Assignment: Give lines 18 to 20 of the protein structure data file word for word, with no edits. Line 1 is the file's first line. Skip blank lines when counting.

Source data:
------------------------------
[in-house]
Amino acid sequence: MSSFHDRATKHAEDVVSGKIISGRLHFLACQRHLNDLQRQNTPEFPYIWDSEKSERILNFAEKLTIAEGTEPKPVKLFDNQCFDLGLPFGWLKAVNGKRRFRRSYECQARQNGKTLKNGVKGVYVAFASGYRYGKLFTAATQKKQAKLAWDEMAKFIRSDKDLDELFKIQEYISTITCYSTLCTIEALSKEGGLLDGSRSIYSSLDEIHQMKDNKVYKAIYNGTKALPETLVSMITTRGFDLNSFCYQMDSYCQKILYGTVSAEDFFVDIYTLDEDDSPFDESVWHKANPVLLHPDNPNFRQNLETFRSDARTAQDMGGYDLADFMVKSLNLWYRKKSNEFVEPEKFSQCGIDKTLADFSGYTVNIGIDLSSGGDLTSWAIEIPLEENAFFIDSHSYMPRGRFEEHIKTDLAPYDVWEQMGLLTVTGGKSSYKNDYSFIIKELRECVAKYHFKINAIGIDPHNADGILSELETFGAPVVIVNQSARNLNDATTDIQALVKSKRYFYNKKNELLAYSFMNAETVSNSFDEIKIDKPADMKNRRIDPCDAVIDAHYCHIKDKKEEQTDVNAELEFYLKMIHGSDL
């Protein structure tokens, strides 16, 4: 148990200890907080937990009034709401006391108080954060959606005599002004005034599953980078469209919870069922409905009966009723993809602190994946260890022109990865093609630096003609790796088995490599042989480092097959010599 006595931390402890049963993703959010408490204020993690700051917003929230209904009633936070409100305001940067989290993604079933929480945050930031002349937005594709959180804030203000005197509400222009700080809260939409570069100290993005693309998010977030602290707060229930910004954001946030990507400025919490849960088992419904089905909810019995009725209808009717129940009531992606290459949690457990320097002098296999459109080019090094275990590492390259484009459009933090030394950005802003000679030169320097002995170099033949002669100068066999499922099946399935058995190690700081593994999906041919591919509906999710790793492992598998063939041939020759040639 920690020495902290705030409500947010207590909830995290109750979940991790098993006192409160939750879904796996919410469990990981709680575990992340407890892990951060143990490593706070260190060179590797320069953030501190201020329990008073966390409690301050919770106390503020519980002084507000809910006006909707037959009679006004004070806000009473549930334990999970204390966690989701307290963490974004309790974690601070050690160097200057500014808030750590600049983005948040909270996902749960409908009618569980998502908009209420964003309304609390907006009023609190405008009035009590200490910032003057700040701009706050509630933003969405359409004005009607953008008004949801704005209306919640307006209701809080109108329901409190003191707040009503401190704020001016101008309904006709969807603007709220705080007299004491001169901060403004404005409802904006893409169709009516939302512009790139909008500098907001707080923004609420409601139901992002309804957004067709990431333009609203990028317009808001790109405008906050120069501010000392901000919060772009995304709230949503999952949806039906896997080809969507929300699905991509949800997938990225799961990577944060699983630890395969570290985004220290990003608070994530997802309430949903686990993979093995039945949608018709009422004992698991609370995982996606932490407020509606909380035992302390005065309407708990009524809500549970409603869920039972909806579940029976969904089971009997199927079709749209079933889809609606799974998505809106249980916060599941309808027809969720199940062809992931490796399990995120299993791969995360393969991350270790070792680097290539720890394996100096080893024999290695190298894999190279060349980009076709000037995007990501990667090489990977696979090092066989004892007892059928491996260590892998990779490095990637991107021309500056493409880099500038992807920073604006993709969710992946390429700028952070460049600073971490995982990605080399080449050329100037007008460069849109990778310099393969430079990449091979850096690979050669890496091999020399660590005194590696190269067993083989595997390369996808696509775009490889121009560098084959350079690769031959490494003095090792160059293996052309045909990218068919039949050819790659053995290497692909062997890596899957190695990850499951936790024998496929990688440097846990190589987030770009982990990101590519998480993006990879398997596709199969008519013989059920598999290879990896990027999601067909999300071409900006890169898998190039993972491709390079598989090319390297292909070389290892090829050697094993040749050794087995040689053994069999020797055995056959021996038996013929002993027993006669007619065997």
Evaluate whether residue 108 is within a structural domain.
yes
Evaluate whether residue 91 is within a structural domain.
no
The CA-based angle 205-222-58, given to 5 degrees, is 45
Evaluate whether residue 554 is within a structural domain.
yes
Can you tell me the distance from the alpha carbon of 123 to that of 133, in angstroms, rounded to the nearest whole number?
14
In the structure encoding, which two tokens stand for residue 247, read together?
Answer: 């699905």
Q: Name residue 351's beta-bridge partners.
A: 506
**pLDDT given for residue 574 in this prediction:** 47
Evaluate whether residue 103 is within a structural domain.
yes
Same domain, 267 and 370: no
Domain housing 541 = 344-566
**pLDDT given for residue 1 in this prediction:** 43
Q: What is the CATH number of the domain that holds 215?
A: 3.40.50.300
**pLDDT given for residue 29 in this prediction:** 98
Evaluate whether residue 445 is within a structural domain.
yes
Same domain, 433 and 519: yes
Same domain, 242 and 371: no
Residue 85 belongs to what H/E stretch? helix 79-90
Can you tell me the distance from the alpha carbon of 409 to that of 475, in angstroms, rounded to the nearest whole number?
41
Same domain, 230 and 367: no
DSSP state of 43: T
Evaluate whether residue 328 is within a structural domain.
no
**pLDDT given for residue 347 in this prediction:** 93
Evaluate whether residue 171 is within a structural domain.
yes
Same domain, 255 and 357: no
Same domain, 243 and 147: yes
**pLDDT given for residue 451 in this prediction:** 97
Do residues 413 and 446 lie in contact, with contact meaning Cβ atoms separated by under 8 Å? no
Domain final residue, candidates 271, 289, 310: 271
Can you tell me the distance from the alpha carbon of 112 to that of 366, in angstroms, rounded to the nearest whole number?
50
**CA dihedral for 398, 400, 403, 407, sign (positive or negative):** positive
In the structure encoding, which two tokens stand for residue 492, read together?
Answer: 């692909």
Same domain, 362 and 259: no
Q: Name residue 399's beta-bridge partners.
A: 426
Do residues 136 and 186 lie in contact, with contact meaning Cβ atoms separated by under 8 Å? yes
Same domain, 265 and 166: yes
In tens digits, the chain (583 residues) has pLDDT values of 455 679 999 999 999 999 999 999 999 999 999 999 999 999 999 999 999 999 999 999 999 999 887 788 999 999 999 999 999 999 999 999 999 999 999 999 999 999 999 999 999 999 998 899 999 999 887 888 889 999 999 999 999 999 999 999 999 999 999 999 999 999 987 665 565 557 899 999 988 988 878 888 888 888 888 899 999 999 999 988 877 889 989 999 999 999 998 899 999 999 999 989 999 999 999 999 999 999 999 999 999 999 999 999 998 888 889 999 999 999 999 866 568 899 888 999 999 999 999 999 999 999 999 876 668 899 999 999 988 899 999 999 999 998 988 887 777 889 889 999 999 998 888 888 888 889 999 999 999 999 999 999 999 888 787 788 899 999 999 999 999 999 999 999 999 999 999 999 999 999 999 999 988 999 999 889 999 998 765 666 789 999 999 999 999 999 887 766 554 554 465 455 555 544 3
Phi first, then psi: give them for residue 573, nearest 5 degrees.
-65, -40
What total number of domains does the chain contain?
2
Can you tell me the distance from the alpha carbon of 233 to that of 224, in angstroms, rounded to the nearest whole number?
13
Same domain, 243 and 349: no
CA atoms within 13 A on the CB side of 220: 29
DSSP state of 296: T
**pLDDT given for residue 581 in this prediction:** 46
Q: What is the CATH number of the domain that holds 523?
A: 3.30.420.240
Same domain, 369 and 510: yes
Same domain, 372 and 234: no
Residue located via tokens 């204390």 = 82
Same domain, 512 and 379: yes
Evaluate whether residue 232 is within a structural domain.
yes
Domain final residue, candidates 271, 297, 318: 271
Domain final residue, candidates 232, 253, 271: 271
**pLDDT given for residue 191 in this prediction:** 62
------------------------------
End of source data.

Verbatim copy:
Evaluate whether residue 103 is within a structural domain.
yes
Same domain, 267 and 370: no